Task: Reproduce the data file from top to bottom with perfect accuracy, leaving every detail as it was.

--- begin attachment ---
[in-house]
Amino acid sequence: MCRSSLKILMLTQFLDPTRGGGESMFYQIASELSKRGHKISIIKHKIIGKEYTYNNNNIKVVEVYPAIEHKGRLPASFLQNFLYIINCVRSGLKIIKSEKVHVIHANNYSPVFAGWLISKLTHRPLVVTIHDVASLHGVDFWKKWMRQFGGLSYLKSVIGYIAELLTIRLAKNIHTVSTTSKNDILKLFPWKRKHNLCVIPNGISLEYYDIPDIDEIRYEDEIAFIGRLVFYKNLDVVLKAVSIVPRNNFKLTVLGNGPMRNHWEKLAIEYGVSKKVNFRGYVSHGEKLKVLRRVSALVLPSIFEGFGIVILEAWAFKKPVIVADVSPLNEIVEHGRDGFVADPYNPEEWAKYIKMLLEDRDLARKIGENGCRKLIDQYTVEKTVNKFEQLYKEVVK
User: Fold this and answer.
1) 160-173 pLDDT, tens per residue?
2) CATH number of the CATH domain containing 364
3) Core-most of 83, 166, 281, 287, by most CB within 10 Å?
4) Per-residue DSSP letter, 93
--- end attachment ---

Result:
[in-house]
Amino acid sequence: MCRSSLKILMLTQFLDPTRGGGESMFYQIASELSKRGHKISIIKHKIIGKEYTYNNNNIKVVEVYPAIEHKGRLPASFLQNFLYIINCVRSGLKIIKSEKVHVIHANNYSPVFAGWLISKLTHRPLVVTIHDVASLHGVDFWKKWMRQFGGLSYLKSVIGYIAELLTIRLAKNIHTVSTTSKNDILKLFPWKRKHNLCVIPNGISLEYYDIPDIDEIRYEDEIAFIGRLVFYKNLDVVLKAVSIVPRNNFKLTVLGNGPMRNHWEKLAIEYGVSKKVNFRGYVSHGEKLKVLRRVSALVLPSIFEGFGIVILEAWAFKKPVIVADVSPLNEIVEHGRDGFVADPYNPEEWAKYIKMLLEDRDLARKIGENGCRKLIDQYTVEKTVNKFEQLYKEVVK
User: Fold this and answer.
1) 160-173 pLDDT, tens per residue?
2) CATH number of the CATH domain containing 364
3) Core-most of 83, 166, 281, 287, by most CB within 10 Å?
4) Per-residue DSSP letter, 93